HATTIESBURG, MISS. - Friday afternoon, sixteen Pine Belt officers graduated from a new training program they say will "save lives." The officers participated in the Crisis Intervention Training program which teaches them how to de-escalate dangerous situations with suspects who have mental disorders.
“This program will save somebody's life, there's no doubt in my mind,” Mississippi’s Director of Public Safety, Marshall Fisher said.
Recent graduate of the program Gavin Guy, the Chief of the Petal School District Police Department says patience is key when dealing with a suspect who has a mental illness.
“It's just another tool for us to put under our belt and learn about the mental illness, and also be more patient with them,” Guy explained. “The most important part for me is to learn to be patient with them, and I think doing the role play and scenarios kind of opened my eyes up a little bit about how to sit back, listen to them, and try to get some help for them.”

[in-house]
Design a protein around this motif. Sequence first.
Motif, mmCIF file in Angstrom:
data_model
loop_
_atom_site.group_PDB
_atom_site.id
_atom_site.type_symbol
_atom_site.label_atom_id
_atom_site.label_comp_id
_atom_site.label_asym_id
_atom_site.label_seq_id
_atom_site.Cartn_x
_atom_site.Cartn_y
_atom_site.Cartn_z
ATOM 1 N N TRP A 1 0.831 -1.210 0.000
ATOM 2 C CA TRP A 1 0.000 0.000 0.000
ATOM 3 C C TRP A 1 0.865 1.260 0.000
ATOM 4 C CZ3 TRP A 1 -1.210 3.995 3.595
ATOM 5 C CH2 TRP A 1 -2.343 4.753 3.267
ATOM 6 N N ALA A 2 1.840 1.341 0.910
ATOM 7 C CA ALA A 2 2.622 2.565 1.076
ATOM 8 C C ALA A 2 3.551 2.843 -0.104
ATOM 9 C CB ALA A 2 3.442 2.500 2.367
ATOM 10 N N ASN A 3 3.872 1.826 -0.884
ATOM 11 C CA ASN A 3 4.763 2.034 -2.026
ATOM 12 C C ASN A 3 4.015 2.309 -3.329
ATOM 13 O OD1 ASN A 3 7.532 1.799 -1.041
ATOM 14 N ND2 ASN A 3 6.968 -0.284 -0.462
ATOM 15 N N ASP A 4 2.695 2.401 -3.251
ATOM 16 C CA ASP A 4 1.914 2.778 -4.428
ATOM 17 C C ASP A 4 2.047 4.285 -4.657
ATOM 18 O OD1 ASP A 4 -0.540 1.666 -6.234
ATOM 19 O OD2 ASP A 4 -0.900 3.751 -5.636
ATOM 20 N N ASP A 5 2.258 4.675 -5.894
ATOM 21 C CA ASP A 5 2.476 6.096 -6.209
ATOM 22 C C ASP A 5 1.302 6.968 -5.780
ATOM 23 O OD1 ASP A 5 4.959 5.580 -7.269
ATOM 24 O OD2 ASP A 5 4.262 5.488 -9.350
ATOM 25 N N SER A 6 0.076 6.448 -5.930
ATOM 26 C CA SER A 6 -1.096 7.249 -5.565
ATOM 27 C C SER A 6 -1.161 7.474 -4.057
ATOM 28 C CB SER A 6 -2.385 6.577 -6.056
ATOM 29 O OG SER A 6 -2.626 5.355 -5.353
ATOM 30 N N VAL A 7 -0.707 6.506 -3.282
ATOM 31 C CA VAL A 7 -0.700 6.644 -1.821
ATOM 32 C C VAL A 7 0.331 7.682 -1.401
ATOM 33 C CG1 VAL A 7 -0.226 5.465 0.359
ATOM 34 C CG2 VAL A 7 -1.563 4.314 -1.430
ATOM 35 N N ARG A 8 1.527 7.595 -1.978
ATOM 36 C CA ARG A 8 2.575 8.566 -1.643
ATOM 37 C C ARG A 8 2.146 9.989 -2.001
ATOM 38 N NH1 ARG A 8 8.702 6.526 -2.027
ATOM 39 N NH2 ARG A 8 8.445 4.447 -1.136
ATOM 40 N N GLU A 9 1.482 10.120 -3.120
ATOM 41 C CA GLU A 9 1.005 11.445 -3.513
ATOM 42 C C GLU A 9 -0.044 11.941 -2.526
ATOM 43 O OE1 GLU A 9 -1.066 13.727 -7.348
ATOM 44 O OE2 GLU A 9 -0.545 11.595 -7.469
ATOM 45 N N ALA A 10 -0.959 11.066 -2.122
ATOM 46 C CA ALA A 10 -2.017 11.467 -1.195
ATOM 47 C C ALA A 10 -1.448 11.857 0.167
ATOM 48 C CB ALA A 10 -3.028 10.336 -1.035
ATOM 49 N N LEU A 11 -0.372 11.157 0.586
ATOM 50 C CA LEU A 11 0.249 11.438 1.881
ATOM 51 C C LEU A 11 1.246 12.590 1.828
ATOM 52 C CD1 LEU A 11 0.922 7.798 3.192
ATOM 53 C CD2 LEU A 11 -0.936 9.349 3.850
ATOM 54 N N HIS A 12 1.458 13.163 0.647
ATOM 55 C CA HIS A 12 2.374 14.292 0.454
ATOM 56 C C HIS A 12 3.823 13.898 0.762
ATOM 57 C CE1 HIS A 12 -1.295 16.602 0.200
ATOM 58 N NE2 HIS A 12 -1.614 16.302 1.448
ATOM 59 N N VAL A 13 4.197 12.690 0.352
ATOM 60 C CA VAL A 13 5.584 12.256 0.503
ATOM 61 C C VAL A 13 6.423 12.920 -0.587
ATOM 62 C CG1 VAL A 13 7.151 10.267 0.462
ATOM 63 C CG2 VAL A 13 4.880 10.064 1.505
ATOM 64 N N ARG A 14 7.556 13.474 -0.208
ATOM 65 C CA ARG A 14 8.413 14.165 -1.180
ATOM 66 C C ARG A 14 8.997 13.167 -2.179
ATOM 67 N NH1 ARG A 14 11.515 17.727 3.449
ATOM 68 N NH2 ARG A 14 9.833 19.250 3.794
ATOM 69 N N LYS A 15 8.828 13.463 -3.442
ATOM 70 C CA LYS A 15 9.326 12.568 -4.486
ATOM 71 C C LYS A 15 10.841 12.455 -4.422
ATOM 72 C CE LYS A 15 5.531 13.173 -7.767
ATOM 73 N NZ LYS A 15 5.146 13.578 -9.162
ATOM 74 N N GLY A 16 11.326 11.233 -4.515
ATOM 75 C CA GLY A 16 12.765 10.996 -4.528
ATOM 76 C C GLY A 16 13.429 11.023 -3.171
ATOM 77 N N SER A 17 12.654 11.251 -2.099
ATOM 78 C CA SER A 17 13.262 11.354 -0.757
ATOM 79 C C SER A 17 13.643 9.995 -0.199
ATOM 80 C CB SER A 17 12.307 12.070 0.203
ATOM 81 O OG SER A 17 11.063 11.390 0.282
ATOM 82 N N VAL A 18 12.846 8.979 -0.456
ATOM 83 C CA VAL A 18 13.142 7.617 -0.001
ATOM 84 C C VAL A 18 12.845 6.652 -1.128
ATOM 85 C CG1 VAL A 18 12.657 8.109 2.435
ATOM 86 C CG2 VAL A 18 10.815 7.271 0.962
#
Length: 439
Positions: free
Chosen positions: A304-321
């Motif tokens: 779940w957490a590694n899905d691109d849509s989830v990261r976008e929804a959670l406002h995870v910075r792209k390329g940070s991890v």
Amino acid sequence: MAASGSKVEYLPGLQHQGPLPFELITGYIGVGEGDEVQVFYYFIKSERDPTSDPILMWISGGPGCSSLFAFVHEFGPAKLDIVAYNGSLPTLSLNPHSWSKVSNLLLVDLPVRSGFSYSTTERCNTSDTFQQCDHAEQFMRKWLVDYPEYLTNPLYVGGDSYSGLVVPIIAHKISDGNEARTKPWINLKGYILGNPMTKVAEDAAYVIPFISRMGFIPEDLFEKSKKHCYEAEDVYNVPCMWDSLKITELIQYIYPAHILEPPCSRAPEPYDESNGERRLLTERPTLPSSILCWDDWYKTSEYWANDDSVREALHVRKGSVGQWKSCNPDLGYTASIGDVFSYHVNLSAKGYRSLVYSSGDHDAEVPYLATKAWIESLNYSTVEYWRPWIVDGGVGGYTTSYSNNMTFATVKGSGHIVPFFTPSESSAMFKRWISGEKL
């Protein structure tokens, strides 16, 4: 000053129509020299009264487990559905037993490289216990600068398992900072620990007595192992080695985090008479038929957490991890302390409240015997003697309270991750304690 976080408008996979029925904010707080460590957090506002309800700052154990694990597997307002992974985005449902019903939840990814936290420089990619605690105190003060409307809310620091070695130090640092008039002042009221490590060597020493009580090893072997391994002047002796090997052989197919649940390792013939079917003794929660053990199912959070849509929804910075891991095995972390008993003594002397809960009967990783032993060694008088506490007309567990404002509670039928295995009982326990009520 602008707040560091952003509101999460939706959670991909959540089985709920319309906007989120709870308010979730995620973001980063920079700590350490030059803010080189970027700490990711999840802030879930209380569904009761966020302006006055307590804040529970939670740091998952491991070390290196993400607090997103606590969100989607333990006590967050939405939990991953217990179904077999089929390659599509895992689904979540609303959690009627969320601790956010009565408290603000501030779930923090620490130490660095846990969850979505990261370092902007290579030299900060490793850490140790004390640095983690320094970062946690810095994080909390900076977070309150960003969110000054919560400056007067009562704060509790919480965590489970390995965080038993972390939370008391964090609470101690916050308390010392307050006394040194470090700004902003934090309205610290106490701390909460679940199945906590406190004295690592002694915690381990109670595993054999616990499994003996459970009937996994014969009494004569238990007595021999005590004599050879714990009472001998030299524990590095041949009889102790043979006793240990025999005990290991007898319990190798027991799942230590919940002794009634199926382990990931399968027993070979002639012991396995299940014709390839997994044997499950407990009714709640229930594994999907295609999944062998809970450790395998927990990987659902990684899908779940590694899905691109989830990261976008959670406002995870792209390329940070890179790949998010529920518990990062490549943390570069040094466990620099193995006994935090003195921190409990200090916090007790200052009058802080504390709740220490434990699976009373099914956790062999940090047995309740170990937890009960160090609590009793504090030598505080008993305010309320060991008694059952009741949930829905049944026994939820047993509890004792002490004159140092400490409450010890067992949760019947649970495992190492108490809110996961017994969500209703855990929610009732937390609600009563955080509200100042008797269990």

Fisher says this is vital lesson for officers to know, being that law enforcement is starting to get more calls concerning someone with a mental illness.
“If you talk to every sheriff in the state of Mississippi and every police chief, they will tell you that they deal with mental health issues on a daily basis,” Fisher said.
This rising number of altercations involving someone dealing with a mental health illness caused the Hattiesburg Police Department to double the number officers with C.I.T. training on duty.
“Currently, we have a C.I.T. officer on every shift at the police department. Now, since we had graduation today we will have two on every shift that are C.I.T. trained,” Public Information Officer for the Hattiesburg Police Department, Latosha Myers said.
Because in the end, the Hattiesburg Police Department and all law enforcement agencies want to make sure to keep all citizens safe.
“The goal of the Hattiesburg Police Department is to continually strive to protect and serve our citizens,” Myers said.